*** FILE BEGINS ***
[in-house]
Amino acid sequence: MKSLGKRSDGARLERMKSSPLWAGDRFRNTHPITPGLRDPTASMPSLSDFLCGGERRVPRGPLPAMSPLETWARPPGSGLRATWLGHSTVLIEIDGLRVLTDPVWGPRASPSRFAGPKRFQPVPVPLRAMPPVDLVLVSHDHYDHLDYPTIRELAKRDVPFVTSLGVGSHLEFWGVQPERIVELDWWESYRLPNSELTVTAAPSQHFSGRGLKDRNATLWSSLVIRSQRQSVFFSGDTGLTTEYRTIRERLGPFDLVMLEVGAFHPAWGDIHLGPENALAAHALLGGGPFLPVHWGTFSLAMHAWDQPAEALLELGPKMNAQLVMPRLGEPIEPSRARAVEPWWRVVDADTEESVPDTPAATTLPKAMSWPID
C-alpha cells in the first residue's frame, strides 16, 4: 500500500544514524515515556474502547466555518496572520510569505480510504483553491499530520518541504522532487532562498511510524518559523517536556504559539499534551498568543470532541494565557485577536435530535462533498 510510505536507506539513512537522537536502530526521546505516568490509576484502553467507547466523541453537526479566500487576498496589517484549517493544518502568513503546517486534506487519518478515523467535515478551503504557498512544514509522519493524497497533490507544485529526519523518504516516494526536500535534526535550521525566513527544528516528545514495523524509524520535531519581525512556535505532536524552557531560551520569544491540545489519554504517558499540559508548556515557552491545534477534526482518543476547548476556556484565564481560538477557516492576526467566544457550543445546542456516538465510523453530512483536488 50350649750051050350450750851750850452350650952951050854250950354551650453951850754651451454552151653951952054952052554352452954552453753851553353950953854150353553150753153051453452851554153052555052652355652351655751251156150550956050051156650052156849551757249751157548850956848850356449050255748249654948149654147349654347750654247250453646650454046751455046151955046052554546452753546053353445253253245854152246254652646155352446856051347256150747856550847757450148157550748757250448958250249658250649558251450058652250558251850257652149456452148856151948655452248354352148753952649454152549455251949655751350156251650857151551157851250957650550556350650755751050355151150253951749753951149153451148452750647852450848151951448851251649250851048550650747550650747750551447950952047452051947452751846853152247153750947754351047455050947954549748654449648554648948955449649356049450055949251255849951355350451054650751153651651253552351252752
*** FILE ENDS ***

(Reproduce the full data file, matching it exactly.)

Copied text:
[in-house]
Amino acid sequence: MKSLGKRSDGARLERMKSSPLWAGDRFRNTHPITPGLRDPTASMPSLSDFLCGGERRVPRGPLPAMSPLETWARPPGSGLRATWLGHSTVLIEIDGLRVLTDPVWGPRASPSRFAGPKRFQPVPVPLRAMPPVDLVLVSHDHYDHLDYPTIRELAKRDVPFVTSLGVGSHLEFWGVQPERIVELDWWESYRLPNSELTVTAAPSQHFSGRGLKDRNATLWSSLVIRSQRQSVFFSGDTGLTTEYRTIRERLGPFDLVMLEVGAFHPAWGDIHLGPENALAAHALLGGGPFLPVHWGTFSLAMHAWDQPAEALLELGPKMNAQLVMPRLGEPIEPSRARAVEPWWRVVDADTEESVPDTPAATTLPKAMSWPID
C-alpha cells in the first residue's frame, strides 16, 4: 500500500544514524515515556474502547466555518496572520510569505480510504483553491499530520518541504522532487532562498511510524518559523517536556504559539499534551498568543470532541494565557485577536435530535462533498 510510505536507506539513512537522537536502530526521546505516568490509576484502553467507547466523541453537526479566500487576498496589517484549517493544518502568513503546517486534506487519518478515523467535515478551503504557498512544514509522519493524497497533490507544485529526519523518504516516494526536500535534526535550521525566513527544528516528545514495523524509524520535531519581525512556535505532536524552557531560551520569544491540545489519554504517558499540559508548556515557552491545534477534526482518543476547548476556556484565564481560538477557516492576526467566544457550543445546542456516538465510523453530512483536488 50350649750051050350450750851750850452350650952951050854250950354551650453951850754651451454552151653951952054952052554352452954552453753851553353950953854150353553150753153051453452851554153052555052652355652351655751251156150550956050051156650052156849551757249751157548850956848850356449050255748249654948149654147349654347750654247250453646650454046751455046151955046052554546452753546053353445253253245854152246254652646155352446856051347256150747856550847757450148157550748757250448958250249658250649558251450058652250558251850257652149456452148856151948655452248354352148753952649454152549455251949655751350156251650857151551157851250957650550556350650755751050355151150253951749753951149153451148452750647852450848151951448851251649250851048550650747550650747750551447950952047452051947452751846853152247153750947754351047455050947954549748654449648554648948955449649356049450055949251255849951355350451054650751153651651253552351252752